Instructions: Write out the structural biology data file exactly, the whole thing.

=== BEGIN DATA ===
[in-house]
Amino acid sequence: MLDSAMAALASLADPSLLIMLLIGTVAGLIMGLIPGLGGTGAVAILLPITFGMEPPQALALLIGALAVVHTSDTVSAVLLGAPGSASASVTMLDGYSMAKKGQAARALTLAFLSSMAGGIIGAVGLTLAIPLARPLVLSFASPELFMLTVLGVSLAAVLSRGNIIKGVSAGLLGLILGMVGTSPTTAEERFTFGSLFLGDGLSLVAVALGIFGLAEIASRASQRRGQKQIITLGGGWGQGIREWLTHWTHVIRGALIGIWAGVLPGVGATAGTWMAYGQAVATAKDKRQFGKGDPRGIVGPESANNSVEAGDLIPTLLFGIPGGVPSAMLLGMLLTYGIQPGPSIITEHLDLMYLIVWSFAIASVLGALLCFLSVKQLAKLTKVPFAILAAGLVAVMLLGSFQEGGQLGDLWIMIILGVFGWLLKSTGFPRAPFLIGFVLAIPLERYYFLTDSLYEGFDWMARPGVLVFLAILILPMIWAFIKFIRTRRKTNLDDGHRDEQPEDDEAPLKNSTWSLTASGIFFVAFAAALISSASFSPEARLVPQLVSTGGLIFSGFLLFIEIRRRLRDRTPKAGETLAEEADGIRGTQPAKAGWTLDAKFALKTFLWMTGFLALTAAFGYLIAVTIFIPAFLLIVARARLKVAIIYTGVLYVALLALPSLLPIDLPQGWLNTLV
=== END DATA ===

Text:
[in-house]
Amino acid sequence: MLDSAMAALASLADPSLLIMLLIGTVAGLIMGLIPGLGGTGAVAILLPITFGMEPPQALALLIGALAVVHTSDTVSAVLLGAPGSASASVTMLDGYSMAKKGQAARALTLAFLSSMAGGIIGAVGLTLAIPLARPLVLSFASPELFMLTVLGVSLAAVLSRGNIIKGVSAGLLGLILGMVGTSPTTAEERFTFGSLFLGDGLSLVAVALGIFGLAEIASRASQRRGQKQIITLGGGWGQGIREWLTHWTHVIRGALIGIWAGVLPGVGATAGTWMAYGQAVATAKDKRQFGKGDPRGIVGPESANNSVEAGDLIPTLLFGIPGGVPSAMLLGMLLTYGIQPGPSIITEHLDLMYLIVWSFAIASVLGALLCFLSVKQLAKLTKVPFAILAAGLVAVMLLGSFQEGGQLGDLWIMIILGVFGWLLKSTGFPRAPFLIGFVLAIPLERYYFLTDSLYEGFDWMARPGVLVFLAILILPMIWAFIKFIRTRRKTNLDDGHRDEQPEDDEAPLKNSTWSLTASGIFFVAFAAALISSASFSPEARLVPQLVSTGGLIFSGFLLFIEIRRRLRDRTPKAGETLAEEADGIRGTQPAKAGWTLDAKFALKTFLWMTGFLALTAAFGYLIAVTIFIPAFLLIVARARLKVAIIYTGVLYVALLALPSLLPIDLPQGWLNTLV